• October 8Draconids Meteor Shower. The Draconids is a minor meteor shower, so it produces only about 10 meteors per hour. The meteors’ streaks are produced by dust grains ejected from comet 21P Giacobini-Zinner on its last pass through the inner solar system. Giacobini-Zinner was first discovered in 1900. The Draconids is unusual for a meteor shower in that the best viewing is in the early evening instead of after midnight (as is true with most other showers). The shower runs annually from October 6-10 and peaks this year on the the night of the 8th. Unfortunately, the light of the nearly-full moon will drown out all but the brightest meteors this year. If you are extremely patient, you may be able to catch a few good ones. Best viewing will be in the early evening from a dark location far away from city lights. Meteors will generally radiate from the constellation Draco (north, between the Big Dipper and the Little Dipper), but due to random motions of the dust grains from the comet’s orbit, they can appear anywhere in the dark sky.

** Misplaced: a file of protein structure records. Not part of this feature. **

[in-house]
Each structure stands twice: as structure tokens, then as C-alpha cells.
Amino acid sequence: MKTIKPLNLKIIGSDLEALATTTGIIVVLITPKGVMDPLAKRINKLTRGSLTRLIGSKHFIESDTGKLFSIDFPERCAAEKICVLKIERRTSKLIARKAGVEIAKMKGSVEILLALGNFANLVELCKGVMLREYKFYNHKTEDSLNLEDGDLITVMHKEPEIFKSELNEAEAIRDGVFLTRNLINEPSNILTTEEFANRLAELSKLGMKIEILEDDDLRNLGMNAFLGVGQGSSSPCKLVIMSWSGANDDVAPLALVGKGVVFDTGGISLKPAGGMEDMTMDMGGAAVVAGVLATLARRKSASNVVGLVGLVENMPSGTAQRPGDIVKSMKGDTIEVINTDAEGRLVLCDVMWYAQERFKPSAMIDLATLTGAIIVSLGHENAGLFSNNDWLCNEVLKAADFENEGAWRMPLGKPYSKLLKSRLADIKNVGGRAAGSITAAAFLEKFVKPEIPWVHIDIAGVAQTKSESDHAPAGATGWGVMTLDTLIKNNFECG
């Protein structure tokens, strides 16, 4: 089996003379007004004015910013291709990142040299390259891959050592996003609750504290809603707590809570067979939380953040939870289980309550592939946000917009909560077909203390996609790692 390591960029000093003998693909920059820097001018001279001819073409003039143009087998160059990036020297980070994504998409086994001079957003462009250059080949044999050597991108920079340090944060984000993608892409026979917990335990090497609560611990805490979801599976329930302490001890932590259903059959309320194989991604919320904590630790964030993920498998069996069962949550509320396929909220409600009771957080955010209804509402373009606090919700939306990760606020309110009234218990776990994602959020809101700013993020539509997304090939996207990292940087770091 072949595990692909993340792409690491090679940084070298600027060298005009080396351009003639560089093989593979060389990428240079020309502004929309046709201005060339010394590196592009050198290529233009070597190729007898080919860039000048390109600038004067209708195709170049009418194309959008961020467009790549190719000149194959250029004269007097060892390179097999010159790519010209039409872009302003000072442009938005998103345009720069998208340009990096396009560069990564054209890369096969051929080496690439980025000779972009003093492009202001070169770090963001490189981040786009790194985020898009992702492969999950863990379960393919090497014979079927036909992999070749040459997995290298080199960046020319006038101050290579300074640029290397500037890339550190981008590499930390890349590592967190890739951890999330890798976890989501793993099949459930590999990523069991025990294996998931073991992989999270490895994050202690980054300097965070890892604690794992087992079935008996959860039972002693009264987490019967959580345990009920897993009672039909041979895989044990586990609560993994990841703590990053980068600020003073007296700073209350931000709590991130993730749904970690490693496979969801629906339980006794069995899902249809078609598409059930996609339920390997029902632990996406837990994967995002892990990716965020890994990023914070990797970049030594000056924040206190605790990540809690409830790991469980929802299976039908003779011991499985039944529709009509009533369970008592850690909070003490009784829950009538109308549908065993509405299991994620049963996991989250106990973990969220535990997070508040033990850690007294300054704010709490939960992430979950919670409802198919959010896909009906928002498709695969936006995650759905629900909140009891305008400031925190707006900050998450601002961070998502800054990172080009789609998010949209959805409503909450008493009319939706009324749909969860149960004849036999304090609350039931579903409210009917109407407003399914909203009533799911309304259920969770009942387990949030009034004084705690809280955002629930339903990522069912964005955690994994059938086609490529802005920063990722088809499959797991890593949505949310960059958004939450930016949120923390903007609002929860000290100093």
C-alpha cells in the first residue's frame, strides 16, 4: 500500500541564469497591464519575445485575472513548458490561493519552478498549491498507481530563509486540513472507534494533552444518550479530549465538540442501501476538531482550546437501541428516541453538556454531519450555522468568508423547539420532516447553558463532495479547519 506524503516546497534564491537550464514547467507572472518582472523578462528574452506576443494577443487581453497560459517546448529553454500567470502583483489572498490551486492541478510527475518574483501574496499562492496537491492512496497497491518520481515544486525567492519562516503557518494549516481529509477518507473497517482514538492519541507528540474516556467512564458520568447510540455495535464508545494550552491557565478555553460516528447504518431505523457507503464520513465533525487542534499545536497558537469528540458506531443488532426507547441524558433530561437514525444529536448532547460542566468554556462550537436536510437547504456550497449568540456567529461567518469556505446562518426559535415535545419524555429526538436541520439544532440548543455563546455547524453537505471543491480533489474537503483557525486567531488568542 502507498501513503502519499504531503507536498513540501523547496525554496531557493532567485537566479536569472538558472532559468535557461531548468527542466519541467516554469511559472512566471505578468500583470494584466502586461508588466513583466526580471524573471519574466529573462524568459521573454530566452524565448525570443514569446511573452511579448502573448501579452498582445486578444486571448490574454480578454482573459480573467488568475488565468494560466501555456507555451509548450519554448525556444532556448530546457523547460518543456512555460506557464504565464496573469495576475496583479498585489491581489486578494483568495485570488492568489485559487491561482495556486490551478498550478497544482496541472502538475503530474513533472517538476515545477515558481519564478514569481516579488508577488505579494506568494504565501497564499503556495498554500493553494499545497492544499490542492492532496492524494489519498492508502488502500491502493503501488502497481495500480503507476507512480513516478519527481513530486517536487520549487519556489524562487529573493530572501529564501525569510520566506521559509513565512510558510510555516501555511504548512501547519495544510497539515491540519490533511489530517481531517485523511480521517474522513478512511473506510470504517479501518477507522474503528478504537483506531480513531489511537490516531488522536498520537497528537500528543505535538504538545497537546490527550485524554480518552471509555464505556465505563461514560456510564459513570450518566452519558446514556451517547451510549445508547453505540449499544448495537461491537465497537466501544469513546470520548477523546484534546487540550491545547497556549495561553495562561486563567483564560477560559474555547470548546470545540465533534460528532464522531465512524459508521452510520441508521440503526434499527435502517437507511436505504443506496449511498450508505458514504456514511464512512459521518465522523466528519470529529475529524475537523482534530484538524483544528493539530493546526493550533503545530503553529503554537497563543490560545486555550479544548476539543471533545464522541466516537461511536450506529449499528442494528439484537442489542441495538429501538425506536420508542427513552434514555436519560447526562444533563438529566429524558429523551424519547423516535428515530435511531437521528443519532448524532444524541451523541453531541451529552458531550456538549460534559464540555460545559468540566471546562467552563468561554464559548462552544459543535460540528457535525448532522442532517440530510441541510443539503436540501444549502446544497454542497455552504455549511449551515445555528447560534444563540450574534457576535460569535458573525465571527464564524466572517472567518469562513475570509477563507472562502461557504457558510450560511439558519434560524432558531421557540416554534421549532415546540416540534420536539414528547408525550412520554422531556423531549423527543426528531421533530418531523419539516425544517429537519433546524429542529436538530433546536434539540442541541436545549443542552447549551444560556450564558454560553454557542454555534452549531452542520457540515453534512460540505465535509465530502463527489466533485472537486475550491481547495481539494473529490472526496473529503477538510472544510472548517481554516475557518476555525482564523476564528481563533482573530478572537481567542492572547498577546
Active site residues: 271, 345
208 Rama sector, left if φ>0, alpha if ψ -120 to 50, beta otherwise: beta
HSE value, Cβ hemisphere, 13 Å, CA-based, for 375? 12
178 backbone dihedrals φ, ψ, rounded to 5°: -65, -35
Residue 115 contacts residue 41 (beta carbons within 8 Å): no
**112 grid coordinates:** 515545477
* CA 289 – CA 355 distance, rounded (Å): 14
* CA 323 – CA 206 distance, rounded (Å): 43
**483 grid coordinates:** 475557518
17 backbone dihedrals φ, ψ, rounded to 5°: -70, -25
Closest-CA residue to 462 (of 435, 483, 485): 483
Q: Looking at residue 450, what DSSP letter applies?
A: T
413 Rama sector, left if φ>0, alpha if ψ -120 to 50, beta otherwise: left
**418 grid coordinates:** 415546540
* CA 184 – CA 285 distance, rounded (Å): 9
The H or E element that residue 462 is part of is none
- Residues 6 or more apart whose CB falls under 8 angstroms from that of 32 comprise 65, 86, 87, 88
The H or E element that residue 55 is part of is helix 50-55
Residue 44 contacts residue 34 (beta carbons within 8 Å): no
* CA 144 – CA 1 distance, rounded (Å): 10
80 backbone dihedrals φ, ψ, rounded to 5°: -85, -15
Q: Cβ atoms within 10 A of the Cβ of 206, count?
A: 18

• October 12 –  TC4 Asteroid Close Pass. TC4, an asteroid measuring between 50 feet and 100 feet in length will pass Earth today at a distance of 27,000 miles — about 12.5% of the distance to the Moon. This is far enough away to miss the large group of geostationary satellites which orbit around 22,236 miles above Earth. TC4 was discovered in 2012 and astronomers tracked it until it got too faint to detect – now astronomers at the European Southern Observatory recently made the first “reacquisition” direct observations of the object. These new views of the asteroid have allowed experts at NASA’s Center for Near-Earth Object Studies (CNEOS) to refine its orbit and the distance at which it will make its closest approach. The asteroid is currently traveling at a speed of 30,000mph and while it appears very dim at the moment, it will get brighter as it gets closer. Tracking TC4 will be considered a test of the worldwide cooperation required for a “planetary defense system” against asteroid impacts to become a reality.
  • October 19New Moon means the Moon is between Earth and the Sun (not perfectly, or there would be a solar eclipse again!), so of course the New Moon is never visible in the night sky. This phase occurs at 19:12 UTC. New Moon is the best time of the month to observe faint objects such as galaxies and star clusters because there is no moonlight to make the sky too bright to see the faint stuff.
  • October 19Uranus at Opposition. The blue-green planet will be at its closest approach to Earth and its face will be fully illuminated by the Sun. It will be brighter than any other time of the year and will be visible all night long. Although this is the best time to view Uranus, it is NOT visible to the naked eye, or even to most binoculars: it will only appear as a tiny blue-green dot in all but the most powerful telescopes.